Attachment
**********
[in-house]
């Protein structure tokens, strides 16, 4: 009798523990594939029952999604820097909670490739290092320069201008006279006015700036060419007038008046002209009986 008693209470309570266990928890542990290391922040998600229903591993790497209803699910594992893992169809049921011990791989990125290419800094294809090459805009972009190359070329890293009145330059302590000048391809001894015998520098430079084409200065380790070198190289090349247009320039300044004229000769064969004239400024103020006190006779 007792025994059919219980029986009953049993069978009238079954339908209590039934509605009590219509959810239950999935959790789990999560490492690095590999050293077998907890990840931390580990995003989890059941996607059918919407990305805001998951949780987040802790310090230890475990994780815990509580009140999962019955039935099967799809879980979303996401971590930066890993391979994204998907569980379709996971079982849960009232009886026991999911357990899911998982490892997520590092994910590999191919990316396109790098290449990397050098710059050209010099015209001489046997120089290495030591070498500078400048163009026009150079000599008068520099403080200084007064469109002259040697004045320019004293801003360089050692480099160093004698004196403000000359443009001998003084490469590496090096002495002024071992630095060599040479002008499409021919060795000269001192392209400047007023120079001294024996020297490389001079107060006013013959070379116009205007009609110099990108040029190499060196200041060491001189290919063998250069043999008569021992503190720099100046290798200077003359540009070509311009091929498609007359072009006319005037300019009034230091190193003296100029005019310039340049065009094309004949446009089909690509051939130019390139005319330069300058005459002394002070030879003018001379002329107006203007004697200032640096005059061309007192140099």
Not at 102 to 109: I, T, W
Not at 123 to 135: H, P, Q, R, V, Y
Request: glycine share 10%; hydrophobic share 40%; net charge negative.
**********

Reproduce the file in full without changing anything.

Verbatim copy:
[in-house]
């Protein structure tokens, strides 16, 4: 009798523990594939029952999604820097909670490739290092320069201008006279006015700036060419007038008046002209009986 008693209470309570266990928890542990290391922040998600229903591993790497209803699910594992893992169809049921011990791989990125290419800094294809090459805009972009190359070329890293009145330059302590000048391809001894015998520098430079084409200065380790070198190289090349247009320039300044004229000769064969004239400024103020006190006779 007792025994059919219980029986009953049993069978009238079954339908209590039934509605009590219509959810239950999935959790789990999560490492690095590999050293077998907890990840931390580990995003989890059941996607059918919407990305805001998951949780987040802790310090230890475990994780815990509580009140999962019955039935099967799809879980979303996401971590930066890993391979994204998907569980379709996971079982849960009232009886026991999911357990899911998982490892997520590092994910590999191919990316396109790098290449990397050098710059050209010099015209001489046997120089290495030591070498500078400048163009026009150079000599008068520099403080200084007064469109002259040697004045320019004293801003360089050692480099160093004698004196403000000359443009001998003084490469590496090096002495002024071992630095060599040479002008499409021919060795000269001192392209400047007023120079001294024996020297490389001079107060006013013959070379116009205007009609110099990108040029190499060196200041060491001189290919063998250069043999008569021992503190720099100046290798200077003359540009070509311009091929498609007359072009006319005037300019009034230091190193003296100029005019310039340049065009094309004949446009089909690509051939130019390139005319330069300058005459002394002070030879003018001379002329107006203007004697200032640096005059061309007192140099």
Not at 102 to 109: I, T, W
Not at 123 to 135: H, P, Q, R, V, Y
Request: glycine share 10%; hydrophobic share 40%; net charge negative.